After our failed fire attempts, Ben and I played 3 rounds of the game golf. I ended up winning and gloated so much (not that this is atypical)! It was really fun, just a chill relaxing evening in the tent after a long day of walking. It’s fun to be with Ben, to just connect with him.

October 10th, 2019

Without any water sources on the ridge, we had a late start in the morning. We filtered 8 liters of water to carry as a safety net if we couldn’t make it to high camp that evening. As a result, our packs became undesirably heavy.

Armed with 2 different maps with 2 different routes, it was difficult to choose the best path; one map from a Nepal mapmaker and the other from Garmin. Ironically, neither map gave us much faith as each had inconsisties throughout the day.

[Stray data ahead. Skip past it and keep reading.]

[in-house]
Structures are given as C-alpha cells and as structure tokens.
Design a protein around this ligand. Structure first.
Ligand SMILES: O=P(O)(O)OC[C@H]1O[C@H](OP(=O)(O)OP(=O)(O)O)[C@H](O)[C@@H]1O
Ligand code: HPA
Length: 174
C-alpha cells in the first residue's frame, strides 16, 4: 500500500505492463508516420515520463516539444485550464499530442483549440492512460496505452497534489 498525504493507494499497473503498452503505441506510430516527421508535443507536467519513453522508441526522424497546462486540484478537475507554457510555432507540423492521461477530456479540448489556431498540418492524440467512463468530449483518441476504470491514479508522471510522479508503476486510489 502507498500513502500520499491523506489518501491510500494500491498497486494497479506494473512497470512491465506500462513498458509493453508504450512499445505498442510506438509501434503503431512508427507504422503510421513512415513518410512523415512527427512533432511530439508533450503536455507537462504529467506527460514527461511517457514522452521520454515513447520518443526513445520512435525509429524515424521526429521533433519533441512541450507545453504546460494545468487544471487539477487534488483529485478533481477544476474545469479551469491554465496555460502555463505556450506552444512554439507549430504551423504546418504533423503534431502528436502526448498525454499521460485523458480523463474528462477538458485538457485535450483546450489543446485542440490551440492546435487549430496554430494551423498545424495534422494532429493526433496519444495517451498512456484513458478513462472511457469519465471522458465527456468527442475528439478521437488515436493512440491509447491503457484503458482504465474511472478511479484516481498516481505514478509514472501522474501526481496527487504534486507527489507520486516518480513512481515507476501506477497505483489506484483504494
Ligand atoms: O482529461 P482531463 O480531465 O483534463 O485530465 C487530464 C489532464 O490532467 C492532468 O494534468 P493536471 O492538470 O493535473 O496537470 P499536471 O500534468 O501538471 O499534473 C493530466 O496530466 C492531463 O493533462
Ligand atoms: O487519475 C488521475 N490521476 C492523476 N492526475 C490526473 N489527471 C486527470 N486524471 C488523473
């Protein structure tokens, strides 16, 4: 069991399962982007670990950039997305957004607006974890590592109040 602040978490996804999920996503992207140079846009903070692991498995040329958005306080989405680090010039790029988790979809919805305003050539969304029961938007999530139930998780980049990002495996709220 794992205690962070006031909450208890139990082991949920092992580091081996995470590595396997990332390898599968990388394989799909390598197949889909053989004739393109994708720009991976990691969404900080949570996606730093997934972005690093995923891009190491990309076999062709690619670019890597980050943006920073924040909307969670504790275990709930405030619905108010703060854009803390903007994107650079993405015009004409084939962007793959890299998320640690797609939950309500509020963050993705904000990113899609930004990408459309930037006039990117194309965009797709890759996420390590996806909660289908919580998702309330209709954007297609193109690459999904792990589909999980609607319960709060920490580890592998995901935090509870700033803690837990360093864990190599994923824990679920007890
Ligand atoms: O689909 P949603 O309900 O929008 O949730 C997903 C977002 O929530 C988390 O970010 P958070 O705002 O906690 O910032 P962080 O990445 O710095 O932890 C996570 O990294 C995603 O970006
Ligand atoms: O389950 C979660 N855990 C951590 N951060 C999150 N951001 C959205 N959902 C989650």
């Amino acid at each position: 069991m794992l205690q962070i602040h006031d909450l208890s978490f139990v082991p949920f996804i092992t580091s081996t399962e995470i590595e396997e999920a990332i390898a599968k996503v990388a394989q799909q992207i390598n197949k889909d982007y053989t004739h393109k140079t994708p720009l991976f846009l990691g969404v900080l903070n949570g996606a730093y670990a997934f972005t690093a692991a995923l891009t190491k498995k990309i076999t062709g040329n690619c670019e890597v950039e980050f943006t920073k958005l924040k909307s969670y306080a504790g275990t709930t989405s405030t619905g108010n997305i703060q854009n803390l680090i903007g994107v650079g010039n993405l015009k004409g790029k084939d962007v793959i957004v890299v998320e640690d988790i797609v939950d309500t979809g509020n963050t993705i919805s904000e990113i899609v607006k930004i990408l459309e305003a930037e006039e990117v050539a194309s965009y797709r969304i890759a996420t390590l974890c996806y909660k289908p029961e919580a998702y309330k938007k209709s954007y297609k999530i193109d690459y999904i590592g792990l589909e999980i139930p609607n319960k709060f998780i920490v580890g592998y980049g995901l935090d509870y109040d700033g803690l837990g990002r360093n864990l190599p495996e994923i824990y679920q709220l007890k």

We hit a place that seemed a bit cliffy and decided to take what looked like a very nice, well-traveled path (very unlike a lot of the trail we’d been on). Unfortunately, this trail took us much further away from the trail we should have been on so we ended up having to climb up a grassy hill through rocks and brush til we finally hit the ridge again. This detour added about 2-3 extra hours we had not anticipated.

We eventually reached base camp (13,517 feet) just at dark – a common trend. Clear skies warrnated a beautiful view of the stars that night; a hint of hope for an end to the monsoon season.

October 11th, 2019

An early morning allowed us to take advantage of the nice morning for our trek until the clouds rolled in around 8-9 am. We could even see Mardi Himal, which was a nice surprise. As we made our way up a sketchy scramble, we were led to more sketchy exposed ledges covered with frosted grass and gravel.

Mountaineering scramble
Start of the 2-3 hour scramble